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What to do when you get a “one star” review

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It had to happen. I’ve been riding high on a unbroken string of five star reviews of my Kindle book, “Recruit and Grow Rich” (about network marketing) and comments like these

“The Best Network Marketing Book I’ve Ever Read!”
–Mitch Jackson

“By Far The Best & Most Complete Resource for Network Marketing!”
–Erik Christian

“Incredible Resource for Anyone in Network Marketing!”
–Marcia J. LeVoir

Donald Gravalec, an attorney, said, “This book is an absolute must read for any attorney considering a network marketing opportunity.”

Nice, huh?

Then, last week, I got a stinker. A one star review. The anonymous reviewer said, “No (sic) recommended. Not that good. Too basic.”

I don’t know what this guy is smoking. The book covers the basics, as a book like this must, but there is so much more. If anything, there is too much information, especially for newbies. My guess is Mr. Anonymous didn’t read past the introduction or first chapter.

Right or wrong, that’s his opinion. What can I do about it?

The same thing you do when you get a bad review or rating from a client on a review site or social media:

You bury it.

You reach out to your clients and ask them to post a review on the site. Most will leave you good reviews, right? As new reviews come in, the stinker will move down and eventually off the page. If a prospective client does see it, he will also see that it is one bad apple in a big barrel of satisfied clients.

Will you help me? If you read the book, would you please leave a review. Just a line or two is fine. I would appreciate it. You can do that on this page.

If you don’t have the book, you can check it out here.

One more thing. Amazon allows people to vote on which reviews are “helpful” and which are not. If you believe the book is good and not “too basic,” please vote down Mr. Antonymous’ review.

Thanks again for you help. I’m looking forward to reading your review.

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[Book Review] Evernote: The Unofficial Guide To Capturing Everything And Getting Things Done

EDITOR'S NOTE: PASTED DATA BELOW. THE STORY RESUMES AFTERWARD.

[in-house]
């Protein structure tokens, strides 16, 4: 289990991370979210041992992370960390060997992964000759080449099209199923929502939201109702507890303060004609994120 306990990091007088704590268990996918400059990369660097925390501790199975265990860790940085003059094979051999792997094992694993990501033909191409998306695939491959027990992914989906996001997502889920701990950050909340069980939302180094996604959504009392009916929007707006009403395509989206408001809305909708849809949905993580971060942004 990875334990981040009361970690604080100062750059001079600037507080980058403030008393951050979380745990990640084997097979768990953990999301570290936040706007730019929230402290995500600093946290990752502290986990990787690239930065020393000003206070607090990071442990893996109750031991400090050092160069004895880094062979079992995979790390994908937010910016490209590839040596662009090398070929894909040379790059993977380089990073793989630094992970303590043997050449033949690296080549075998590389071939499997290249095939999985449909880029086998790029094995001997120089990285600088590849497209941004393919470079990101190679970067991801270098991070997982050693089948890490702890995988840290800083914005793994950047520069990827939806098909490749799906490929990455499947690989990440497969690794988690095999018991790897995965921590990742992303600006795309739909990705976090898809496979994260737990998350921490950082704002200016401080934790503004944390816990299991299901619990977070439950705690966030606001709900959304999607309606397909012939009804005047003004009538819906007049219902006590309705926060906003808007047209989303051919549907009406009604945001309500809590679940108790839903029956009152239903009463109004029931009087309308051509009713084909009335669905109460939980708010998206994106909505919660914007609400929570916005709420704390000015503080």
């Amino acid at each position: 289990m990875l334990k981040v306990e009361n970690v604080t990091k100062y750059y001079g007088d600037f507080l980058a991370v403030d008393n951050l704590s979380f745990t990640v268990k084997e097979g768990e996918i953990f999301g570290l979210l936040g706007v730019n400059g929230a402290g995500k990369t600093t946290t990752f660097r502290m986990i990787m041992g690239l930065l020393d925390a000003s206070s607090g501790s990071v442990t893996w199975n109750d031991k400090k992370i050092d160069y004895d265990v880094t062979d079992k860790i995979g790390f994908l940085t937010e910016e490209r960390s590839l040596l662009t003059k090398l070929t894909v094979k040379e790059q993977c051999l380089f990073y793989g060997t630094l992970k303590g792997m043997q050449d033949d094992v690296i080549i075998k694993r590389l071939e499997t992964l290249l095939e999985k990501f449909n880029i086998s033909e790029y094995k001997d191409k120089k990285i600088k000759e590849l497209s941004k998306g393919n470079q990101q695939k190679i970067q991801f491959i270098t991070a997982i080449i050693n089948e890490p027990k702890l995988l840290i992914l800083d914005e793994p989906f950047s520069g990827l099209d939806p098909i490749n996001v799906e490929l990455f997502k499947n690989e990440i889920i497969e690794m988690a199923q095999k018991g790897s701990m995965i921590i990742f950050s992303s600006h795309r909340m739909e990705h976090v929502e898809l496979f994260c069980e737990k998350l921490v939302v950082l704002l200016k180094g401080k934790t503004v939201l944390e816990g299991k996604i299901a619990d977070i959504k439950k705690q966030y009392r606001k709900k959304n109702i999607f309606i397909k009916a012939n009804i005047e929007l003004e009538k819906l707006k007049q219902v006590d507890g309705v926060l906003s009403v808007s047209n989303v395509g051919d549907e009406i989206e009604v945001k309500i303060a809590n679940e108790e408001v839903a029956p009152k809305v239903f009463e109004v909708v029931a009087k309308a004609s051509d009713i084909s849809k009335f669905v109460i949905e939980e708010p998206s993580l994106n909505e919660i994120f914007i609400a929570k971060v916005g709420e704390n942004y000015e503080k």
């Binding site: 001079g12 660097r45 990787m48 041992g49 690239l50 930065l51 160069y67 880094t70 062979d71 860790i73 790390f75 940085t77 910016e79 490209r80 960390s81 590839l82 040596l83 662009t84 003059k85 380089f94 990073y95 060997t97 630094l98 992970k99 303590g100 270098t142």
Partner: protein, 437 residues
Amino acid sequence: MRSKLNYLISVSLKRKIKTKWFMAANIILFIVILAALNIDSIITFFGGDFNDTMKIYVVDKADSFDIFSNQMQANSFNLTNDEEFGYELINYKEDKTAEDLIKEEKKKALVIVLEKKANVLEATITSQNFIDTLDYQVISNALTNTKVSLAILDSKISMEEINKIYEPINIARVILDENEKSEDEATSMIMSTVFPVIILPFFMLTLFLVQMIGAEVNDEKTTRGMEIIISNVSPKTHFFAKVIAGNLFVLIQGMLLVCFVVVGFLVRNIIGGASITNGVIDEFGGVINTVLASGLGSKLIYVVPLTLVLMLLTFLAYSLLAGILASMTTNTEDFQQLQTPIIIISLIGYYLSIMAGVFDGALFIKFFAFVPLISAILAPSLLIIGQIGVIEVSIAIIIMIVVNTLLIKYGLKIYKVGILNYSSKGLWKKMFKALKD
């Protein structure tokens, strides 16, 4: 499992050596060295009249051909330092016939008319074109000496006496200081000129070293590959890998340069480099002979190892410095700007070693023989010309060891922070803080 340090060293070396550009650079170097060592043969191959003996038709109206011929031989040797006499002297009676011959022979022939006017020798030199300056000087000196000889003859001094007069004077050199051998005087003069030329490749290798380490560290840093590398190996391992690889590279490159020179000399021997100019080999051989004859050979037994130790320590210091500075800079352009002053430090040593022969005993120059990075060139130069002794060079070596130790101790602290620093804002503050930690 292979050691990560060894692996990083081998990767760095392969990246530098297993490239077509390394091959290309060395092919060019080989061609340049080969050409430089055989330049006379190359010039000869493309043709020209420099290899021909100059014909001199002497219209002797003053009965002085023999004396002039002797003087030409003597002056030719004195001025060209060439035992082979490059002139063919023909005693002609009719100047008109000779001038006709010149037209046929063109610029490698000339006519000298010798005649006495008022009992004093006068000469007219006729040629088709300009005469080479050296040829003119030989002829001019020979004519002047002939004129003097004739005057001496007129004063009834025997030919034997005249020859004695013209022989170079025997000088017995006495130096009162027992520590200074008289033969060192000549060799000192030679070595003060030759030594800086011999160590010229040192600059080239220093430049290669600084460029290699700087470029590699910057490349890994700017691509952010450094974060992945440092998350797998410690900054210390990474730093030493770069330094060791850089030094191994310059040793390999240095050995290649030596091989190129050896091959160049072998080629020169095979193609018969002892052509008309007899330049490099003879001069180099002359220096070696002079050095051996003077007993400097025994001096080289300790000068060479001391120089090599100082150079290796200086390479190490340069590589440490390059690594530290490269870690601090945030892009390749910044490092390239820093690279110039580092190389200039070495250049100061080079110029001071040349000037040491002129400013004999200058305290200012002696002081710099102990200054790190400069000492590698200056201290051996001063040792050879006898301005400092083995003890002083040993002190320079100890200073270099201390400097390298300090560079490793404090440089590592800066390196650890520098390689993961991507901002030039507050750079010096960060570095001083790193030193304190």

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If you’re a proponent of David Allen’s Getting Things Done (GTD) productivity system like I am, you’ve probably tried numerous ways to incorporate it into your work flow, from paper and file folders to web and mobile apps, and everything in between. Many of these are complicated, with lots of bells and whistles and a steep learning curve. Others, like plain paper or a Moleskine notebook are simple but for many of us, too limited.

Enter Evernote.

I’d been using Evernote for a long time, first for collecting information and ideas, eventually, for all of my documents. One day, I decided to see if I could also use it to manage my tasks and projects. Although Evernote isn’t designed as a task management application and it is limited in that realm, I found a way to make it work for me, and today I use it every day for exactly that purpose.

I like having one app for almost everything I do. I like having all of my notes and documents in the same place as my tasks and projects. It’s simple, reliable, and flexible and provides me with a complete system for managing my work and my life.

I went looking for others who use Evernote for Getting Things Done, and my search led me to fellow attorney and blogger, Dan Gold. Dan is a maven in the world of technology and productivity and has tried just about every productivity app under the sun. He used Evernote like I did, for collecting information, but was unable to find the right way to use it for GTD. In his quest to achieve a “mind like water,” he finally found the right combination.

The story of his journey is told in his newly published ebook, “Evernote: The Unofficial Guide To Capturing Everything And Getting Things Done,” (aff. link) now featured in Evernote’s Trunk (store). It’s a great read and provides a much needed lesson for using an extraordinary piece of technology in conjunction with a seminal productivity system, to manage your work and your life.

I read the book and found that to a great extent, Dan’s journey paralleled my own. We both liked the power and ubiquity of Evernote but were frustrated with its limitations as a productivity tool. After trying various apps and workarounds, we eventually found the solution.

In his book, Dan credits my blog post about how I use Evernote for GTD (and another blogger’s post on that subject) with providing some of the missing pieces in his set up. I appreciate his saying so but in reality, Dan had most of the pieces already in place. Like I had, he was adding elements–other apps that integrate with Evernote and a more complex arrangement of notebooks and tags. My post and the other blogger he credits simply showed him that Evernote didn’t need anything else, it could be used “as is” for GTD.

The key is not adding elements but subtracting them. Not using more notebooks to organize everything but fewer, and using enough tags, but not too many, to manage everything.

If you are a newcomer to Evernote or GTD, Dan’s book will sell you on why you need to be using them; it won’t tell you everything you need to know about how. What it will do is show you how you can use them together to create a complete system for getting things done.